Question: Did Brigham Young violate the Word of Wisdom by using snuff, tobacco, and tea?
Brigham indicated that his use of tobacco was medicinal
The Word of Wisdom was not enforced as rigorously, or with the same requirements, in Brigham Young's day. Many speakers emphasized the Lord's patience in this matter, as applied to both leaders and members. The Word of Wisdom was not the strict test of fellowships that it is for the modern member.
But, some of the events with which the critics wish to shock the modern member probably have nothing to do with the Word of Wisdom at all. They are concerned about medical practice, not the social or recreational use of substances. The critics' tactics are akin to pointing out slyly that President Kimball used morphine—while not mentioning the fact that the morphine was prescribed for cancer pain by a physician. The choices made by the nineteenth century saints and leaders should be seen in their historical context, not ours.
Critics count on "presentism"—they hope readers will judge historical figures by the standards of our day, instead of their day.
Some forbidden substances were seen as having a medicinal use
Critics also fail to point out that the fact that some forbidden substances were seen as having a medicinal use, for which the Saints were free to use them. Brigham indicated that this was the case with his tobacco use:
It is our right and privilege to live so that we may attain to this, so that we may sanctify our hearts before the Lord, and sanctify the Lord God in our hearts, but it is not my privilege to drink liquor, neither is it my privilege to eat tobacco. Well, bro. Brigham, have you not done it? Yes, for many years, but I ceased its habitual practice. I used it for toothache; now I am free from that pain, and my mouth is never stained with tobacco. It is not my privilege to drink liquor nor strong tea and coffee although I am naturally a great lover of tea. Brethren and sisters, it is not our privilege to indulge in these things, but it is our right and privilege to set an example worthy of imitation.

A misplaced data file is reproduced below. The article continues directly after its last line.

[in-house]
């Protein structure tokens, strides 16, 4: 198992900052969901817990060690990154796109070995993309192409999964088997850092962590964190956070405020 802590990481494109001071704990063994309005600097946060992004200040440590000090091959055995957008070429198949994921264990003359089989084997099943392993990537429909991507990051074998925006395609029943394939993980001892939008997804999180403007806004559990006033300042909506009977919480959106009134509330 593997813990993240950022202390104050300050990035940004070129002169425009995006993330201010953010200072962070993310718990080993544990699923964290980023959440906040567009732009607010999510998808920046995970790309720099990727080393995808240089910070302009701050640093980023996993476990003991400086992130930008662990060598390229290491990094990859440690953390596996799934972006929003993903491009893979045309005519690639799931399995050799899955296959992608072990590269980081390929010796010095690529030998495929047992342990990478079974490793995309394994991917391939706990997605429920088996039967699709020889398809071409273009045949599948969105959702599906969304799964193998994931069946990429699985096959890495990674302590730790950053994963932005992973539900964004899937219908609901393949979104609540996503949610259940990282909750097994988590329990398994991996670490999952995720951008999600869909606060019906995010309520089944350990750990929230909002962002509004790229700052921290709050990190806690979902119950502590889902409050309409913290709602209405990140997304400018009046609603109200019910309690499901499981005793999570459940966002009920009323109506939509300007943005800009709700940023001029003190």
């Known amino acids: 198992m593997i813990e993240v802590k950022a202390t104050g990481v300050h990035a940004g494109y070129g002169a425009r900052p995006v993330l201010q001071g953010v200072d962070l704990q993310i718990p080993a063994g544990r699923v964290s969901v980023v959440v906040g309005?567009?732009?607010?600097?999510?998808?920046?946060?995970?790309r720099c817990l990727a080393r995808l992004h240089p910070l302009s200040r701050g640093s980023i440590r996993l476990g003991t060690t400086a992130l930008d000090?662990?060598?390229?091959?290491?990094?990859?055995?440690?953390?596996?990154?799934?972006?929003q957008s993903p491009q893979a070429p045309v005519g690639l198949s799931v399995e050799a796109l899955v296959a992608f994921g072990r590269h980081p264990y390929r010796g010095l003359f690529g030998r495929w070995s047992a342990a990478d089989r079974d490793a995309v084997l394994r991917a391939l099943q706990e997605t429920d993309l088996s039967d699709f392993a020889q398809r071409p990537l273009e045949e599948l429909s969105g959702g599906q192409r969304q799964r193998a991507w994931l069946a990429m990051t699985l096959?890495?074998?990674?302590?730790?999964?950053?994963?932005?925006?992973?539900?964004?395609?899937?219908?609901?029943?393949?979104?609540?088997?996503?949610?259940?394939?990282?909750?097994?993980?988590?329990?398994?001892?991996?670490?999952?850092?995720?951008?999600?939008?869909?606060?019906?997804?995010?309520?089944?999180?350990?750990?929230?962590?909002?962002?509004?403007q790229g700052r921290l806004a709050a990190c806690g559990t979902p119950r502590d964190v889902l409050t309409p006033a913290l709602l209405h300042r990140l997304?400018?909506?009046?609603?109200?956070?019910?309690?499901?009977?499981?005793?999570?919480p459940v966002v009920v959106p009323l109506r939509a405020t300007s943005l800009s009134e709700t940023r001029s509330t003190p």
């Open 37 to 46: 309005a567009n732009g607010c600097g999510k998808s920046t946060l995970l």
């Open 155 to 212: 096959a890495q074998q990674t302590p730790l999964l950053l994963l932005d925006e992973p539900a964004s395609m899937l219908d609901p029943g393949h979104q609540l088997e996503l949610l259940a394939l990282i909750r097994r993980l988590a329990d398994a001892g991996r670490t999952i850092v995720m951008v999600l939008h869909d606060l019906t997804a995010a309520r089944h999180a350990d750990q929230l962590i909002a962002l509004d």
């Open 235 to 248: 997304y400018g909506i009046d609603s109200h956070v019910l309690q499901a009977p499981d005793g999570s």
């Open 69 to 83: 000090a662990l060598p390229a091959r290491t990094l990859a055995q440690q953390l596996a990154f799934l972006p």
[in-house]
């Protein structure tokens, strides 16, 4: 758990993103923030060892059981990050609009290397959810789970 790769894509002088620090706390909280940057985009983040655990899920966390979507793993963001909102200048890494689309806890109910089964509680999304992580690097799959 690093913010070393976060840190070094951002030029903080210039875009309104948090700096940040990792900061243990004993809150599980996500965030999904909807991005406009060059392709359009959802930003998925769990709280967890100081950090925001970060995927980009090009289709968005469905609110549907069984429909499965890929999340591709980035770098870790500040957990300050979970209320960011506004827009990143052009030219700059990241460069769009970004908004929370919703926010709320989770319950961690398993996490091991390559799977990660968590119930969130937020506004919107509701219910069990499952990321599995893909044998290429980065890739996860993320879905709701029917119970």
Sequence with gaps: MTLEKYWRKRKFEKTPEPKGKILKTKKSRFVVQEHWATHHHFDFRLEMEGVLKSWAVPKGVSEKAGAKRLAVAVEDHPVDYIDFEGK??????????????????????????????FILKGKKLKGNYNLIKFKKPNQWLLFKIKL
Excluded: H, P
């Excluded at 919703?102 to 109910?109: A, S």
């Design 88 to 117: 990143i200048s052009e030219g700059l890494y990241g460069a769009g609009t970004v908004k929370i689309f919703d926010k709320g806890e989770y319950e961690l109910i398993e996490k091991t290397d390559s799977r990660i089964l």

Strange as it seems, tobacco was seen as a medication for some conditions in Brigham's time. (To learn more about medical beliefs and the Word of Wisdom substances, see here.)
Response to claim: 206 - Despite Joseph's claims that the Word of Wisdom was a revelation, there were in that time, temperance societies that also advocated the abolition of alcohol
The final nail in Joseph Smith's coffin, according to the authors, is the fact that, despite Joseph's claims that the Word of Wisdom was a revelation, there were in that time, temperance societies that also advocated the abolition of alcohol. The authors also quote a newspaper article that appeared in the Wayne Sentinel, published in the area where Joseph was reared, that called tobacco "an absolute poison." They conclude their brief review with this conclusion: "It is extremely possible that Smith picked up his ideas from these other sources."
(Author's sources: *BYU Studies (Winter 1959): 39-40.
- ’’Wayne Sentinel’’, 6 November 1829.)